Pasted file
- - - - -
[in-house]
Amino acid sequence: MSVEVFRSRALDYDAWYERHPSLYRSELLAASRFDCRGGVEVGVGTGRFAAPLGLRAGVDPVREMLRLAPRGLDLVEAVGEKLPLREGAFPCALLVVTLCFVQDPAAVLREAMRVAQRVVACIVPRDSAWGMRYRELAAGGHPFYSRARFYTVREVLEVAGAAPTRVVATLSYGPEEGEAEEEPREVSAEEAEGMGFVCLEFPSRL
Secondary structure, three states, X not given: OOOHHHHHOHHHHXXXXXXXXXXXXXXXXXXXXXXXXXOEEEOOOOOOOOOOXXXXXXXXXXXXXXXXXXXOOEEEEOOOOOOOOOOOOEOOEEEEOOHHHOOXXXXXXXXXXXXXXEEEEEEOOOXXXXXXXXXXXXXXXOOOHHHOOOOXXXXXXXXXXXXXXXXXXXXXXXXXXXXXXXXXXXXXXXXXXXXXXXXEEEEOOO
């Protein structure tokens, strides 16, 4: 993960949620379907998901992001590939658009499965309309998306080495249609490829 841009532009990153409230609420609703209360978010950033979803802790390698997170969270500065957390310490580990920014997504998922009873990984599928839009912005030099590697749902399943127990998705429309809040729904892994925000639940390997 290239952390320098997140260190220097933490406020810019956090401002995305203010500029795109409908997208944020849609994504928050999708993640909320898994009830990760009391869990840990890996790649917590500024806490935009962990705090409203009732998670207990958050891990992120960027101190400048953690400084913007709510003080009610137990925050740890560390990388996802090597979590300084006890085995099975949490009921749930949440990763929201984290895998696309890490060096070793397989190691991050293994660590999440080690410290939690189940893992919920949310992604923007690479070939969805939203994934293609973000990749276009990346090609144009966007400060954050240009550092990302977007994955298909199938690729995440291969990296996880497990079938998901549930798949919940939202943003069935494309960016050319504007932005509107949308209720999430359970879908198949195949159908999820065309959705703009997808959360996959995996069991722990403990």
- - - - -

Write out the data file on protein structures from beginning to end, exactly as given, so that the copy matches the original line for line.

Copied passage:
[in-house]
Amino acid sequence: MSVEVFRSRALDYDAWYERHPSLYRSELLAASRFDCRGGVEVGVGTGRFAAPLGLRAGVDPVREMLRLAPRGLDLVEAVGEKLPLREGAFPCALLVVTLCFVQDPAAVLREAMRVAQRVVACIVPRDSAWGMRYRELAAGGHPFYSRARFYTVREVLEVAGAAPTRVVATLSYGPEEGEAEEEPREVSAEEAEGMGFVCLEFPSRL
Secondary structure, three states, X not given: OOOHHHHHOHHHHXXXXXXXXXXXXXXXXXXXXXXXXXOEEEOOOOOOOOOOXXXXXXXXXXXXXXXXXXXOOEEEEOOOOOOOOOOOOEOOEEEEOOHHHOOXXXXXXXXXXXXXXEEEEEEOOOXXXXXXXXXXXXXXXOOOHHHOOOOXXXXXXXXXXXXXXXXXXXXXXXXXXXXXXXXXXXXXXXXXXXXXXXXEEEEOOO
């Protein structure tokens, strides 16, 4: 993960949620379907998901992001590939658009499965309309998306080495249609490829 841009532009990153409230609420609703209360978010950033979803802790390698997170969270500065957390310490580990920014997504998922009873990984599928839009912005030099590697749902399943127990998705429309809040729904892994925000639940390997 290239952390320098997140260190220097933490406020810019956090401002995305203010500029795109409908997208944020849609994504928050999708993640909320898994009830990760009391869990840990890996790649917590500024806490935009962990705090409203009732998670207990958050891990992120960027101190400048953690400084913007709510003080009610137990925050740890560390990388996802090597979590300084006890085995099975949490009921749930949440990763929201984290895998696309890490060096070793397989190691991050293994660590999440080690410290939690189940893992919920949310992604923007690479070939969805939203994934293609973000990749276009990346090609144009966007400060954050240009550092990302977007994955298909199938690729995440291969990296996880497990079938998901549930798949919940939202943003069935494309960016050319504007932005509107949308209720999430359970879908198949195949159908999820065309959705703009997808959360996959995996069991722990403990």